[0010] With continued reference to FIGS. 1 and 2, several nanoseconds after the oscillating clock signal 140 arrives at maximum voltage, oscillating clock signal 120 begins its rise to maximum voltage which causes transistor 290 to become conducting and therefore allows the transfer of the charge stored on node 320 to node 330 of stage 2 (410) of charge pump 100.

[0011] The process described above with reference to stage 1 (110) of charge pump 100 occurs simultaneously at each of the four stages of charge pump 100 through utilization of the respective oscillating clock signals 120, 130, 140 and 150. In this manner, charge is transferred and accumulated along each node 320, 330, 340 and 350 of charge pump 100 to provide a continuous amplified voltage at 400.

[0012] It is known that in the above-described prior art system and method as illustrated in FIGS. 1 and 2, the voltage at each of nodes 240, 250, 260 and 270 experiences an accumulated increase of VDD during charge transfer from node to node. This successive increase causes a large voltage bulk effect in the later stages of charge pump 100 which thereby raises the threshold voltage of the switch pairs (200, 280), (210, 290), (220, 300) and (230, 310). (The increase in threshold voltage is due to the fact that the bulk nodes of the transistor pairs are at ground and, as such, have a large bulk-source voltage (Vbs).) The rise in threshold voltage significantly reduces the efficiency of the charge transfer process and, thus, the overall efficiency of charge pump 100. Attempts to raise the bulk voltage in order to reduce the effect of the rise in threshold value involves the risk that the switches may latchup due to forward biasing of bulk-source and bulk-drain diodes. Alternately, charge pump 100 may be depleted of charge as a result of an undesired bipolar action in the switches of the later stages when the diodes are forward biased. Additionally, in most CMOS processes, it is not possible to provide NMOS transistors with a bulk bias above ground level.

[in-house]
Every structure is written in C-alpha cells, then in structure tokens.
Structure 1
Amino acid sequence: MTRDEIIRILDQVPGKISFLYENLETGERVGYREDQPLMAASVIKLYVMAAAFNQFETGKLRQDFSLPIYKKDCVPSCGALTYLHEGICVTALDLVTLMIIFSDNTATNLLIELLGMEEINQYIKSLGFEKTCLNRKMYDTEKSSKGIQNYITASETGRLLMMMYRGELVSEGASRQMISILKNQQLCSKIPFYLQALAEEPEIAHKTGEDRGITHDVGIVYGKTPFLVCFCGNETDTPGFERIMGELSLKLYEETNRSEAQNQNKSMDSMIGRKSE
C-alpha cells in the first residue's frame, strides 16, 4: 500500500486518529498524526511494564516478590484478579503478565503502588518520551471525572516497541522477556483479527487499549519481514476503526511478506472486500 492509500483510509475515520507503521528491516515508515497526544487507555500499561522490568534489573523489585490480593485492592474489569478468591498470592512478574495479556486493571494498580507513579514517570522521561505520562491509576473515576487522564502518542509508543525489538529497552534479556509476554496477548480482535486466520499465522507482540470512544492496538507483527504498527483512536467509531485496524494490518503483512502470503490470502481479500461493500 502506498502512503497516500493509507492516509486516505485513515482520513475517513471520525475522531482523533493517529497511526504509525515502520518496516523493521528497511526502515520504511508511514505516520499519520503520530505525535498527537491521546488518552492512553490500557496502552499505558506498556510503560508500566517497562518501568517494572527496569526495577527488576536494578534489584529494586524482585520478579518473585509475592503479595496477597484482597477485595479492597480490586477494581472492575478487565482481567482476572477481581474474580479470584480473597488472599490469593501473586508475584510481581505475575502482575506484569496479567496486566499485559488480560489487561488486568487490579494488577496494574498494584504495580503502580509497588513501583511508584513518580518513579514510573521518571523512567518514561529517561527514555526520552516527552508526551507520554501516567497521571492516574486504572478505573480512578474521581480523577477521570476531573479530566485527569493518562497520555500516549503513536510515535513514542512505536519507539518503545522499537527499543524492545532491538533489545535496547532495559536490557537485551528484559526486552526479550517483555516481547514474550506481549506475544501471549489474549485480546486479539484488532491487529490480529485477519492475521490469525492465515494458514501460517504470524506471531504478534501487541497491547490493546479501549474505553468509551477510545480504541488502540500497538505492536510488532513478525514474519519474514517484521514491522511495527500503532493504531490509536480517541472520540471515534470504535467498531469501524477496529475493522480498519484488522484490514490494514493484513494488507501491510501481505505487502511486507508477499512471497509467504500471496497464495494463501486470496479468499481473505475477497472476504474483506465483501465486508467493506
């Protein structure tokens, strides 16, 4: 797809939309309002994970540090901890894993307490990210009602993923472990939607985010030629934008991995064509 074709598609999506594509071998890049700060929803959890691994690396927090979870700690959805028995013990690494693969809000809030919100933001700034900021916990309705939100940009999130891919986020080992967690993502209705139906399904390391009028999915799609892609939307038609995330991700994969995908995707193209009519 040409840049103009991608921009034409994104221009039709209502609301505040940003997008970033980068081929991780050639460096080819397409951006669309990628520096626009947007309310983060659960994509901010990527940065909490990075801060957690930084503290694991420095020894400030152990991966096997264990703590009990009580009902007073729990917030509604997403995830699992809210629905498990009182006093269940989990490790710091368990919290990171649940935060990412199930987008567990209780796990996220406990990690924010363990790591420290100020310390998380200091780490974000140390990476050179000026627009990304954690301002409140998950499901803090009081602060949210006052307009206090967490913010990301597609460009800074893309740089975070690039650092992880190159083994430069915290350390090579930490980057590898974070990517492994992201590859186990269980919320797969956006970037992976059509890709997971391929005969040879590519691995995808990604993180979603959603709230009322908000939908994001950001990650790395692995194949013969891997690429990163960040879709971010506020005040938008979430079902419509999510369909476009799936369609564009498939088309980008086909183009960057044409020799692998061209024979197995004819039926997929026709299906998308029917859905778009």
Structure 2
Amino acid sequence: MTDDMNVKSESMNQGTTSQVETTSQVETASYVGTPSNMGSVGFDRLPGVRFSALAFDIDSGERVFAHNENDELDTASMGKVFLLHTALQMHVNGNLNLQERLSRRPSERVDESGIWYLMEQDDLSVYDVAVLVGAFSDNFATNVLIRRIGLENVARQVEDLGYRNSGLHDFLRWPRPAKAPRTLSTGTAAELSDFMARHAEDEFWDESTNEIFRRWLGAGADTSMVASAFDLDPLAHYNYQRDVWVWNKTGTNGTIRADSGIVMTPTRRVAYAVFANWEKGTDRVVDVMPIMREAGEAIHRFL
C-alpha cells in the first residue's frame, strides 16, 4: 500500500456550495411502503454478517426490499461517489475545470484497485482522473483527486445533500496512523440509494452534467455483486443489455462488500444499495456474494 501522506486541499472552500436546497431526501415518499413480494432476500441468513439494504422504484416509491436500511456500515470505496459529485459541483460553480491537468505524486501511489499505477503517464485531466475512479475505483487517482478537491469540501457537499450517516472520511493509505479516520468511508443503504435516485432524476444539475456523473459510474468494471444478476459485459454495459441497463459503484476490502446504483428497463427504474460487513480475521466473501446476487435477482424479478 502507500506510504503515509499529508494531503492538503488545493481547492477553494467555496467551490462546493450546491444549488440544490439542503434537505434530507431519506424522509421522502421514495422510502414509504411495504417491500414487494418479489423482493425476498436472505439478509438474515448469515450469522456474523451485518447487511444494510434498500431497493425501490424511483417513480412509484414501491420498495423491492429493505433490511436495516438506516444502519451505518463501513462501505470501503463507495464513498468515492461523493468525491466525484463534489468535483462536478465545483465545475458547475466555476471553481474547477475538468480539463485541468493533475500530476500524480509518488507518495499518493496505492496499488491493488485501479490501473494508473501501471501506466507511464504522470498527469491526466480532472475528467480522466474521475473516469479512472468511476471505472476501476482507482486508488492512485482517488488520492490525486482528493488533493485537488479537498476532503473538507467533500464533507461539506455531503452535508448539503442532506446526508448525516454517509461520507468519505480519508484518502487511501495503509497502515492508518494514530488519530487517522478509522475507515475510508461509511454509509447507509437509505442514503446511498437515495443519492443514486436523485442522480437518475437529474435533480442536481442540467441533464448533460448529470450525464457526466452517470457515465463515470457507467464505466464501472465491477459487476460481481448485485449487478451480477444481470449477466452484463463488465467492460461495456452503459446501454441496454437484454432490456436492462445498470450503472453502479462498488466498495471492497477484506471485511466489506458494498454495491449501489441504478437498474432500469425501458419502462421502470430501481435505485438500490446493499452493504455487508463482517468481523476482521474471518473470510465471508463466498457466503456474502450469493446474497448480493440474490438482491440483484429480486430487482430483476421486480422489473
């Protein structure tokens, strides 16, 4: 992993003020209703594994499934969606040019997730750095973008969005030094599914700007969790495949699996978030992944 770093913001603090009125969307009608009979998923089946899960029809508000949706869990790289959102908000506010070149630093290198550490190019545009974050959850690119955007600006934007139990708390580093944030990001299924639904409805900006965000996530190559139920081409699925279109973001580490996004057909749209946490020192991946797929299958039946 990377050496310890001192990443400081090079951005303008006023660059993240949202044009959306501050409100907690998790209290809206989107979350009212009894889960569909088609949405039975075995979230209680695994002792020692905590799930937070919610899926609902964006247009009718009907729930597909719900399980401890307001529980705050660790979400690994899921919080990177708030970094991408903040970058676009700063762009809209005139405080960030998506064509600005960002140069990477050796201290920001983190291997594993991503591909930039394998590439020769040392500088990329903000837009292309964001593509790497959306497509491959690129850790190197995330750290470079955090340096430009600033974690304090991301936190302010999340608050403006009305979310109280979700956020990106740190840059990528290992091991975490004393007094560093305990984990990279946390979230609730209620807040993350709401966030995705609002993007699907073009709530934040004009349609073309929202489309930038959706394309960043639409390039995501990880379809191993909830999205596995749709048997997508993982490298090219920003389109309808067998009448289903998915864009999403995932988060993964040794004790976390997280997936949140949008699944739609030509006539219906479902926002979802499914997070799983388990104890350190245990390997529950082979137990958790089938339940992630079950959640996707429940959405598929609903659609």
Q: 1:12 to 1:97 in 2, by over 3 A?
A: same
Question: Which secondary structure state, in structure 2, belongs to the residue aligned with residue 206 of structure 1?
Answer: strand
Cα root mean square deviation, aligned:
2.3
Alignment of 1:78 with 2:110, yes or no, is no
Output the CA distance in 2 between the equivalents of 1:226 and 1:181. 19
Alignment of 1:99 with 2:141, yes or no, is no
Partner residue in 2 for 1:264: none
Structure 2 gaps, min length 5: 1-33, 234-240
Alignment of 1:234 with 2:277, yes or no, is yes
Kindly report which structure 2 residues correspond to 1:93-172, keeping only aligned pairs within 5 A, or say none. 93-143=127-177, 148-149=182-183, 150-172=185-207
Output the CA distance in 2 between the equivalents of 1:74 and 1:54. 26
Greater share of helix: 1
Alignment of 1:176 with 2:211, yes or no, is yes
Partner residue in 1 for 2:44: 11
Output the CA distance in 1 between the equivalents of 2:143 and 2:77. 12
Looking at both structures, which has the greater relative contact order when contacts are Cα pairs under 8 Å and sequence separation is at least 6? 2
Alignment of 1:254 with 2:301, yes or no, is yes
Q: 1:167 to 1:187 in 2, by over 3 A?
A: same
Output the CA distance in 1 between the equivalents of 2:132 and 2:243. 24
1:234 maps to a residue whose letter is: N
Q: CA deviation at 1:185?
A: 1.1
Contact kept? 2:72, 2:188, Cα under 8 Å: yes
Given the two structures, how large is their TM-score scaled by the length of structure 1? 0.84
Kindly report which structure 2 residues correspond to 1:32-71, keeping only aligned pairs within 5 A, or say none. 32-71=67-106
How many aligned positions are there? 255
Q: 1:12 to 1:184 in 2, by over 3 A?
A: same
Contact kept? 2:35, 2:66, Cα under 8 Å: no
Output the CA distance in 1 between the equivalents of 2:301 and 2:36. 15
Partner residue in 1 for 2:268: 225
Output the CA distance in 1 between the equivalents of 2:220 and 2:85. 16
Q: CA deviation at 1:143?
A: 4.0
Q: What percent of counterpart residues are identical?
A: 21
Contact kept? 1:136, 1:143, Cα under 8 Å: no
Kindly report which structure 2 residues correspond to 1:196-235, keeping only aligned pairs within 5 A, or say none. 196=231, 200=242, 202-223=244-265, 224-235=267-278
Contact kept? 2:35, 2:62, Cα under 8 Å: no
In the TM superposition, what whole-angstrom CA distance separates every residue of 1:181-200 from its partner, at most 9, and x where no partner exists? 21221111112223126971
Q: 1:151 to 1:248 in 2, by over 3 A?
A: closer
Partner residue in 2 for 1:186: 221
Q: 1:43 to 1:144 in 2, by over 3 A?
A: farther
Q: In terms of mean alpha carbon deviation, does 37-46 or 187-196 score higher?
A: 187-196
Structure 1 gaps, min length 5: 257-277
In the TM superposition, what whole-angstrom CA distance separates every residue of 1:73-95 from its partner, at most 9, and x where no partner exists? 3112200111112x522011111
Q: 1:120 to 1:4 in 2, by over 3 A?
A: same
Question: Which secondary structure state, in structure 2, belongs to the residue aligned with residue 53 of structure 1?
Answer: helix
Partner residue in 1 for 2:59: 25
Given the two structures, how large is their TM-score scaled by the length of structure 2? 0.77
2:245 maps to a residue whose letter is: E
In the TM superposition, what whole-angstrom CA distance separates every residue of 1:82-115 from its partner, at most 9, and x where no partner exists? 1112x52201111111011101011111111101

[0013] U.S. Pat. No. 6,064,251 of Park et al., which is hereby incorporated herein by reference in its entirety, attempts to remedy the above-described drawbacks relating to bulk effect charge transfer by providing an 8-stage charge pump wherein the first four stages of the charge pump are powered by oscillating clock signals having a voltage swing of VDD while the last four stages of the charge pump are powered by a boosting oscillating clock signals having a voltage swing of 2×VDD. In this manner, the later stages of the charge pump are provided with a boosting voltage that is sufficiently higher than the threshold voltage of the late-stage switches, thus allowing charge transfer across the charge pump.